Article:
I Won’t Know Unless I Try

Post by Brian Klotz

Ellie Leach at MABVI's Senior Connection 2014

Ellie Leach at MABVI’s Senior Connection 2014

Ellie Leach had never used a computer. No email, no games, no web browsing – as she puts it, “I had never even used a typewriter!” Over twenty years ago Ellie, now 78, was diagnosed with macular degeneration, a medical condition that causes vision loss, putting yet another obstacle between herself and tech-savviness.

Today, however, Ellie is the proud owner of an iPad, which she uses to email friends and family, play games, and listen to her favorite music.

“It’s like I’m alive again,” she says. “I feel like I’m a part of everything again.” Continue reading

Worcester Vision Rehabilitation Center to participate in Greater Worcester Gives

A female client meets with Dr. Toomey-Gitto for a low vision exam. MABVI offers low vision exams at its Worcester office, as well as several other locations.

A female client meets with Dr. Toomey-Gitto for a low vision exam. MABVI offers low vision exams at its Worcester office, as well as several other locations.

Post by Steph Solis

On May 6, the Worcester office will participate in a 24-hour online giving day, called Worcester Gives. The campaign, organized by the Greater Worcester Community Foundation, encourages the community to support local nonprofits including the Worcester Vision Rehabilitation Center.

MABVI’s Worcester Vision Rehabilitation Center celebrates over 50 years providing services to blind and visually impaired individuals in Greater Worcester. Last year alone the office worked with more than 300 blind and visually impaired clients through low vision exams, volunteer services, support groups and more. At the Worcester Vision Rehabilitation Center, clients learn to adjust to their vision loss so that they can maintain their independence and enjoy their lives.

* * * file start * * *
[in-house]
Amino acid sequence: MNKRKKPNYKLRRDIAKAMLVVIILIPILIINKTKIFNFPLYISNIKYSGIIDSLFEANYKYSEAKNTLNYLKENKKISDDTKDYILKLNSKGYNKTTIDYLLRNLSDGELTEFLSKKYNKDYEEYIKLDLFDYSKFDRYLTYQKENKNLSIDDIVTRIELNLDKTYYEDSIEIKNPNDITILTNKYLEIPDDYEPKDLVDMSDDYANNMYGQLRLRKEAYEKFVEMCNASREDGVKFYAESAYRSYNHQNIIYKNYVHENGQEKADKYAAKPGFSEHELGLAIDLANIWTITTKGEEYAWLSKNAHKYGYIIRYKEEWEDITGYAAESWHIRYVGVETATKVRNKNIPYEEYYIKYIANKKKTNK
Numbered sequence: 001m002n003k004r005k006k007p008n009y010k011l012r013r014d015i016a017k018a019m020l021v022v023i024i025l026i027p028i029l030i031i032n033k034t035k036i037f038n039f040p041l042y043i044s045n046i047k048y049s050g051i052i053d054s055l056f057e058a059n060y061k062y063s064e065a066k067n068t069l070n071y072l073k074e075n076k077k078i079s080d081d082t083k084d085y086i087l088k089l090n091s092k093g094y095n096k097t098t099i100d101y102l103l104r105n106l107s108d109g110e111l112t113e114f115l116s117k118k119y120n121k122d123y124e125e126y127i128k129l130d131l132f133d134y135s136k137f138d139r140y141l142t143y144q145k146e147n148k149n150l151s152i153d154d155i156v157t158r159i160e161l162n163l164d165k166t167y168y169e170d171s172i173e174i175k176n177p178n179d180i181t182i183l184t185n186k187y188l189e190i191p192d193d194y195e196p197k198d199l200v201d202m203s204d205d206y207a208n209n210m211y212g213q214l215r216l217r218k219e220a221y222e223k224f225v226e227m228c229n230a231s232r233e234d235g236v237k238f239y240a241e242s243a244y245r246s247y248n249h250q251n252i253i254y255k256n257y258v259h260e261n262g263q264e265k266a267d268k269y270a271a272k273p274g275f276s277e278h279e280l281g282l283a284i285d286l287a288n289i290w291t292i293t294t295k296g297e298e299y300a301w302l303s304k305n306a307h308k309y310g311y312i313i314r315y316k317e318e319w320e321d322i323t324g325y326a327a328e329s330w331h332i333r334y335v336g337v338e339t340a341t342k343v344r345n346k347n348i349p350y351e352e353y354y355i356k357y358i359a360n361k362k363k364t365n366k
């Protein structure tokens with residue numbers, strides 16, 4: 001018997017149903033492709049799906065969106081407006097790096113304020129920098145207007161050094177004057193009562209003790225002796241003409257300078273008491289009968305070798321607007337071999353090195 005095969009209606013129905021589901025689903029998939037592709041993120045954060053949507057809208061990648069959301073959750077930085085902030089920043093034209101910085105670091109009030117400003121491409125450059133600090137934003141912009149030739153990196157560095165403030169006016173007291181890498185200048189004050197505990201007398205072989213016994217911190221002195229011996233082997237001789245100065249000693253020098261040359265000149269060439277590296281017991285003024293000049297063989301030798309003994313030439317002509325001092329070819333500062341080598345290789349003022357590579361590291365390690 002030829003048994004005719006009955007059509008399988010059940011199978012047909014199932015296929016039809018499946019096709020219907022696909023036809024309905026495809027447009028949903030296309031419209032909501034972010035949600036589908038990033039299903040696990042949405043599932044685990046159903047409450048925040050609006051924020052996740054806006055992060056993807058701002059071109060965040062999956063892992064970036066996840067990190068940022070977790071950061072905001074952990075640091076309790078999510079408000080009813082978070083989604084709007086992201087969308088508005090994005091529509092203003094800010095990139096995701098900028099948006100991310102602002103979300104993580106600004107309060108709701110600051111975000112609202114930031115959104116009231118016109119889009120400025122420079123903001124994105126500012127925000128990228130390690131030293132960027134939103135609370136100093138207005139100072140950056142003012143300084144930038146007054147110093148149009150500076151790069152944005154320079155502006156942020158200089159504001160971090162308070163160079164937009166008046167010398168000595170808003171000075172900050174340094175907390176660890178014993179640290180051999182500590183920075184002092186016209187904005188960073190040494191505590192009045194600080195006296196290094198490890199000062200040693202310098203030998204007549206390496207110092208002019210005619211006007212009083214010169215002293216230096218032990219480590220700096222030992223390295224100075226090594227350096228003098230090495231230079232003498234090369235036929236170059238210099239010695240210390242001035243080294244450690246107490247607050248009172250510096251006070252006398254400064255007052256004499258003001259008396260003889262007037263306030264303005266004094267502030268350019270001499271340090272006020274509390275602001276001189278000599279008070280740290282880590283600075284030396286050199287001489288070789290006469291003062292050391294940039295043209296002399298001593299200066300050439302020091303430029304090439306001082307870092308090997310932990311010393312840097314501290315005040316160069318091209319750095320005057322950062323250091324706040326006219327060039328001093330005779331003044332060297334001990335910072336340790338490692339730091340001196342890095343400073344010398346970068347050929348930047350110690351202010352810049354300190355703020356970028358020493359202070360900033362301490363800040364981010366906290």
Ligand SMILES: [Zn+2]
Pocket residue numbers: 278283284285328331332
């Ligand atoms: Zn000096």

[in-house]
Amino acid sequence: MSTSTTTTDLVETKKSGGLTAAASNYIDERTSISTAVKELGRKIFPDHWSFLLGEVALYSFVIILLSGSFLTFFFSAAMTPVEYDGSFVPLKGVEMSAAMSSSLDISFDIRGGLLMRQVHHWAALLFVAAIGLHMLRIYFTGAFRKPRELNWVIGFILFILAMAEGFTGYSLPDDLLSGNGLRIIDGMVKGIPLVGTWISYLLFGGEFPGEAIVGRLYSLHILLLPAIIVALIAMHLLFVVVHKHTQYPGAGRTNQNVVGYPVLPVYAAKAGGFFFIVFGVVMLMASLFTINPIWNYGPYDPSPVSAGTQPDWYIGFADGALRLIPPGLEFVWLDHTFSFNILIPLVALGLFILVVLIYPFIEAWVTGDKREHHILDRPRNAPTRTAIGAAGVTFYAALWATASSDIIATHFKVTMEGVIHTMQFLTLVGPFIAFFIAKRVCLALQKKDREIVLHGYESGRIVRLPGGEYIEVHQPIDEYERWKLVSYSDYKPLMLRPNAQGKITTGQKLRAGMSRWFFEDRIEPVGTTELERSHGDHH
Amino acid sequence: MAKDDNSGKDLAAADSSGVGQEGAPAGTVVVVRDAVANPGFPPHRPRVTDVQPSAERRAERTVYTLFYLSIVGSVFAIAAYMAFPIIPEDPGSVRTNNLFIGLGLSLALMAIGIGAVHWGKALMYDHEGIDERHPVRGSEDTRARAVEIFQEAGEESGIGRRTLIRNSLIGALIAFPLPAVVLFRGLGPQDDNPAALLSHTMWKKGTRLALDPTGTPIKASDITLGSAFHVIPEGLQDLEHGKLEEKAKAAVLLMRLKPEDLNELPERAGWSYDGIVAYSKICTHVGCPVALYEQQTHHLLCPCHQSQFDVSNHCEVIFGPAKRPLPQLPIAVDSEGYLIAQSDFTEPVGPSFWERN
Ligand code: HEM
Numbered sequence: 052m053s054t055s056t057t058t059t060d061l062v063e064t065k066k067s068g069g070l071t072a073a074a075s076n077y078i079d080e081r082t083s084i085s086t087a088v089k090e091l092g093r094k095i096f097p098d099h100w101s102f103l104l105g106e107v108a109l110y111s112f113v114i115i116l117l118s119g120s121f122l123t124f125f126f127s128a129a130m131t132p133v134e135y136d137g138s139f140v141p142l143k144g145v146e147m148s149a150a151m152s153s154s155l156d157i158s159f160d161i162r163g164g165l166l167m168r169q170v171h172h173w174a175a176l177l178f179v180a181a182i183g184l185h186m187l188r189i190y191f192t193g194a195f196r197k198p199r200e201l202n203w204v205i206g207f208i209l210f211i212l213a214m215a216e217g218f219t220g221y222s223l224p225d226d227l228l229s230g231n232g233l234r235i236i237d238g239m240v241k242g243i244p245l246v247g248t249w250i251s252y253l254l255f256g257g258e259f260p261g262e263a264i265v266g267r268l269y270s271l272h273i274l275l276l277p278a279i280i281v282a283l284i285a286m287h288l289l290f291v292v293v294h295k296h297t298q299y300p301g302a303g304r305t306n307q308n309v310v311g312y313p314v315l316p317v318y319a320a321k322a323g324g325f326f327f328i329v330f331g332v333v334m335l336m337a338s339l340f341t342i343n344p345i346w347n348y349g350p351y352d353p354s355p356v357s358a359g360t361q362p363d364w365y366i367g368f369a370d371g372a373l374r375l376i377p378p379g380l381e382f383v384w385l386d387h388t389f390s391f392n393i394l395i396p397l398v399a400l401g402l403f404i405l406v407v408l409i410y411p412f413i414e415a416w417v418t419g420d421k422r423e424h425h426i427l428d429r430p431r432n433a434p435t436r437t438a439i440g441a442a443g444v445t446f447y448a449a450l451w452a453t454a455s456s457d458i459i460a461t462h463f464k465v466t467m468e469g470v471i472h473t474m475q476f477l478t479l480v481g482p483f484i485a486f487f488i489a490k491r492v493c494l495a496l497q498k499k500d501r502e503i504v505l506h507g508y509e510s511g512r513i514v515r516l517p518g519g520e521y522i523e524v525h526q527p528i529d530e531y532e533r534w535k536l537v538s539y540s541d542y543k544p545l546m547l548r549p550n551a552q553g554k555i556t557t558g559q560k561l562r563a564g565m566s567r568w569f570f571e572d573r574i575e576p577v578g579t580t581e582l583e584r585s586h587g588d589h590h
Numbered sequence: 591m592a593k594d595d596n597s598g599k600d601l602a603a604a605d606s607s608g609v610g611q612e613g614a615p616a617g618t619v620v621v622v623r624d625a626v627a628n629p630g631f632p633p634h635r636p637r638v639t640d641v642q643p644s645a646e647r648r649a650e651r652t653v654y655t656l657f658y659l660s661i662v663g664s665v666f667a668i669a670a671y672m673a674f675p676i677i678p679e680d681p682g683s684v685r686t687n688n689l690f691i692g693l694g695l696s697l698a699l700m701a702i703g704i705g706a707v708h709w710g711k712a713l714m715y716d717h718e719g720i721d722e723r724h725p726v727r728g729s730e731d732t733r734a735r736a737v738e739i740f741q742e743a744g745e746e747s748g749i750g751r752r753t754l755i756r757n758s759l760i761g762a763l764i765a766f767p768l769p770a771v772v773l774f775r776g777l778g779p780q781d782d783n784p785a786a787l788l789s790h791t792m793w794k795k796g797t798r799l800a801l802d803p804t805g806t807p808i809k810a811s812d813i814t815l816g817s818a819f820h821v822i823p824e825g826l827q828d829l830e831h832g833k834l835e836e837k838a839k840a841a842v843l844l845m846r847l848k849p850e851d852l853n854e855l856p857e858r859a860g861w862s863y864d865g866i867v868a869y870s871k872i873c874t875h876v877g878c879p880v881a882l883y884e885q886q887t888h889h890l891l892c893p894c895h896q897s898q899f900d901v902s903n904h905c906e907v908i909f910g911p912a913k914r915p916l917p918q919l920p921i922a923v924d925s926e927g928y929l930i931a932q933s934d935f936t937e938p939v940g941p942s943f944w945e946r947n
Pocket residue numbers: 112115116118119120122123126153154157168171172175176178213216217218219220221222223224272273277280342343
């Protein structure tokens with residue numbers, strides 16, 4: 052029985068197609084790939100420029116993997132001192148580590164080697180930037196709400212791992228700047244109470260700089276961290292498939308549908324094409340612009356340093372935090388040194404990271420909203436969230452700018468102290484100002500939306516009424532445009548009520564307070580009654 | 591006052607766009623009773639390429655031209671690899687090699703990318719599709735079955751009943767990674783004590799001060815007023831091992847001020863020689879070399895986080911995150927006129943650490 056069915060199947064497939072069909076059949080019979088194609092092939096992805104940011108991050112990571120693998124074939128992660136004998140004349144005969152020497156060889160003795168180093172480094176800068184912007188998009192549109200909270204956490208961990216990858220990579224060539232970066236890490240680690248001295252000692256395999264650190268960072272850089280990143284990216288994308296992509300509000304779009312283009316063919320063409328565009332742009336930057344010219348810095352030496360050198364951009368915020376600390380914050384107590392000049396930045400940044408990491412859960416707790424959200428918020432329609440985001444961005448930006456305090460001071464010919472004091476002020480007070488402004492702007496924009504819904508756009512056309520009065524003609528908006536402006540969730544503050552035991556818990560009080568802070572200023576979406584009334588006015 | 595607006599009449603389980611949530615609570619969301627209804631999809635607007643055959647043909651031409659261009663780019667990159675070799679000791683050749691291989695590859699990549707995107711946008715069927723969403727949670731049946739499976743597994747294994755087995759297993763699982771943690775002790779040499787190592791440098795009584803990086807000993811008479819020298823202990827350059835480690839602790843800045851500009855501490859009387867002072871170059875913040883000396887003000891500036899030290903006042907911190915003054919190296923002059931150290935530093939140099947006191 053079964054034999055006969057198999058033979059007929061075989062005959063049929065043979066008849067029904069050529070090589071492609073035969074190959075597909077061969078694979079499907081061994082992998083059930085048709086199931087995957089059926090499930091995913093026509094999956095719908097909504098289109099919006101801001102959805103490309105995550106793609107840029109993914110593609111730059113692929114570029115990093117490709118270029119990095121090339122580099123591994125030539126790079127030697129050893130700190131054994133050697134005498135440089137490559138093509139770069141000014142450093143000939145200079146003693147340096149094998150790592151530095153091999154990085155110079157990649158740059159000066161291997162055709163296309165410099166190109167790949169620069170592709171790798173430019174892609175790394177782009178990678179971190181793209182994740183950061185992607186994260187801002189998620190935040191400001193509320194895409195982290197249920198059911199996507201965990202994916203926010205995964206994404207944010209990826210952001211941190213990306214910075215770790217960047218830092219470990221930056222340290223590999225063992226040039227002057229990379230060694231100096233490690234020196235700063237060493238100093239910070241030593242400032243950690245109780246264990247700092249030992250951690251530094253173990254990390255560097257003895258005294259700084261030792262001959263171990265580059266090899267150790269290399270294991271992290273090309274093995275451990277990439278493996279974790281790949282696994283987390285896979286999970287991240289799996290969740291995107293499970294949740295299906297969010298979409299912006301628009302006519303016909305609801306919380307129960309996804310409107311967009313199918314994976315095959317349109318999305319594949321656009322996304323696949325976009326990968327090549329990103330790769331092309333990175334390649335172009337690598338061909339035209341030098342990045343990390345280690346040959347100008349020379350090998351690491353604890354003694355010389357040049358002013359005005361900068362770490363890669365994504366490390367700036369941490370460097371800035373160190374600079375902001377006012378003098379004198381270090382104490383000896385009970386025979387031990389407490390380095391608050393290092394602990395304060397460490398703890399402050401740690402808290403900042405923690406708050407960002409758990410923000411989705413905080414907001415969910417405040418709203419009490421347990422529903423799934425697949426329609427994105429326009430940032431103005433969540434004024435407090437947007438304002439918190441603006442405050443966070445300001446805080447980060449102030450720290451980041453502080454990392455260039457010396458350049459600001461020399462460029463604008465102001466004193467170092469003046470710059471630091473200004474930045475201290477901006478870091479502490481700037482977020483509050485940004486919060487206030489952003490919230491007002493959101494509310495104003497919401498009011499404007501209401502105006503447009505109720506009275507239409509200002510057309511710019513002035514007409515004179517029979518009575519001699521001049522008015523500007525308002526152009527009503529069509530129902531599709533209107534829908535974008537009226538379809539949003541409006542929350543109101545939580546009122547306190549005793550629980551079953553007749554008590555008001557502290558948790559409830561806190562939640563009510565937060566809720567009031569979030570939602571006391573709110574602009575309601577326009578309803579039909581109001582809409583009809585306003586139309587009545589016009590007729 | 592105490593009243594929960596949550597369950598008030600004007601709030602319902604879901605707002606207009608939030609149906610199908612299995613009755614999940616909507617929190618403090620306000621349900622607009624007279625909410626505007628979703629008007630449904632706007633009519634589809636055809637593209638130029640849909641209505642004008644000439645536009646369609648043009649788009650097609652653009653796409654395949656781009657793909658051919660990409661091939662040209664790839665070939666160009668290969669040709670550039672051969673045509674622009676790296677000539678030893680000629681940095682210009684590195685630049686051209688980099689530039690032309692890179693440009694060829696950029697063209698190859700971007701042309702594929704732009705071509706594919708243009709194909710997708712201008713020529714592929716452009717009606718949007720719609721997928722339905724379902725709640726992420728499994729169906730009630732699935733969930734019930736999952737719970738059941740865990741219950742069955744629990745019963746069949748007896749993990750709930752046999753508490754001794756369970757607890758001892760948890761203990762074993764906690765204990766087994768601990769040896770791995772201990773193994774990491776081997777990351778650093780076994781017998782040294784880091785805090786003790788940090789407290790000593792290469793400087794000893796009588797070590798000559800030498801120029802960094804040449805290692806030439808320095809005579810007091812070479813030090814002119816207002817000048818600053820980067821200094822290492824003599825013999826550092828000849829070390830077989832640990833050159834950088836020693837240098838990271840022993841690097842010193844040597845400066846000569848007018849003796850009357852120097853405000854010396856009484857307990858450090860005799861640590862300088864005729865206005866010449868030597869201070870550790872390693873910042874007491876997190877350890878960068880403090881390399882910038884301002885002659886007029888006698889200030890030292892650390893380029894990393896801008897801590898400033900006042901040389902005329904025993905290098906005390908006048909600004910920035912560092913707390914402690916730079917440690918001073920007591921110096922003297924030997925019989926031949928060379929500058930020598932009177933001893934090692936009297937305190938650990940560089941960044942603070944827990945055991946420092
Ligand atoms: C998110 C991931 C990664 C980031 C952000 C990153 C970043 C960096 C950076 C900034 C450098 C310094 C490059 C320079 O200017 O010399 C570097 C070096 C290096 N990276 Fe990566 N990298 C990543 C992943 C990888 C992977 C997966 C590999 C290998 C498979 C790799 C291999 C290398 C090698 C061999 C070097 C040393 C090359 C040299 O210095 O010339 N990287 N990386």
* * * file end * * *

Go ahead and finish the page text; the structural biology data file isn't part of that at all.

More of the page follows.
“When people see what can be accomplished with an adaptation or by learning a new skill, it can be uplifting and empowering,” said Mary Haroyan, coordinator of volunteer services at the Worcester Vision Rehabilitation Center.

MABVI offers low vision exams at the Worcester Vision Rehabilitation Center, run by Dr. Caroline Toomey-Gitto. Low vision specialists can assess their vision and offer adaptive devices to help them maximize the use of their remaining vision. Last year Dr. Toomey-Gitto gave specialized low vision exams to 164 patients. Clients have also undergone low vision exams through MABVI’s affiliate providers, including Dr. Jane Orenstein in Whitinsville and Dr. Jen Salvo in Wellsley.

Clients have also received vision rehabilitation training from an occupational therapist who visited their homes. One hundred thirty nine patients who underwent low vision exams followed up with an occupational therapy appointment.

Throughout Worcester County, MABVI holds low vision support groups to bring blind and visually impaired individuals together. Our Worcester, Northborough and Leominster Low Vision Support Groups served 34 clients as they experienced vision loss.